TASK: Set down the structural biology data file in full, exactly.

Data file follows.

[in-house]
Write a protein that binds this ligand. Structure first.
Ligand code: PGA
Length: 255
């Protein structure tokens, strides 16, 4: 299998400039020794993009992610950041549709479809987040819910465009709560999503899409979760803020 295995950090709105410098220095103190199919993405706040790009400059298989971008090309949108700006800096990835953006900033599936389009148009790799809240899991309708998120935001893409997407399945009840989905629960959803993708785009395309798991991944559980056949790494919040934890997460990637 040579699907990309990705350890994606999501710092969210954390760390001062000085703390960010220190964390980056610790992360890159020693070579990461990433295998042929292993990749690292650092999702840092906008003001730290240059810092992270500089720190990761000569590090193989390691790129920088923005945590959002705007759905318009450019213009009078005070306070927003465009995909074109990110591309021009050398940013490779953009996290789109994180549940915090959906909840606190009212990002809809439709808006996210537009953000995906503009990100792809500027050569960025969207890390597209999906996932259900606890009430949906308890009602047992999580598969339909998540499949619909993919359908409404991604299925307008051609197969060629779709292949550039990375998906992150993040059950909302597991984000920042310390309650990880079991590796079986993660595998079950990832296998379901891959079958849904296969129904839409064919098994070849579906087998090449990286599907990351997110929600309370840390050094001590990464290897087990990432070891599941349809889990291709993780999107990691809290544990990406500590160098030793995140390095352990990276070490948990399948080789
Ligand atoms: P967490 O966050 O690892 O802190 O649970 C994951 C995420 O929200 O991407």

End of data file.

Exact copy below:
[in-house]
Write a protein that binds this ligand. Structure first.
Ligand code: PGA
Length: 255
């Protein structure tokens, strides 16, 4: 299998400039020794993009992610950041549709479809987040819910465009709560999503899409979760803020 295995950090709105410098220095103190199919993405706040790009400059298989971008090309949108700006800096990835953006900033599936389009148009790799809240899991309708998120935001893409997407399945009840989905629960959803993708785009395309798991991944559980056949790494919040934890997460990637 040579699907990309990705350890994606999501710092969210954390760390001062000085703390960010220190964390980056610790992360890159020693070579990461990433295998042929292993990749690292650092999702840092906008003001730290240059810092992270500089720190990761000569590090193989390691790129920088923005945590959002705007759905318009450019213009009078005070306070927003465009995909074109990110591309021009050398940013490779953009996290789109994180549940915090959906909840606190009212990002809809439709808006996210537009953000995906503009990100792809500027050569960025969207890390597209999906996932259900606890009430949906308890009602047992999580598969339909998540499949619909993919359908409404991604299925307008051609197969060629779709292949550039990375998906992150993040059950909302597991984000920042310390309650990880079991590796079986993660595998079950990832296998379901891959079958849904296969129904839409064919098994070849579906087998090449990286599907990351997110929600309370840390050094001590990464290897087990990432070891599941349809889990291709993780999107990691809290544990990406500590160098030793995140390095352990990276070490948990399948080789
Ligand atoms: P967490 O966050 O690892 O802190 O649970 C994951 C995420 O929200 O991407």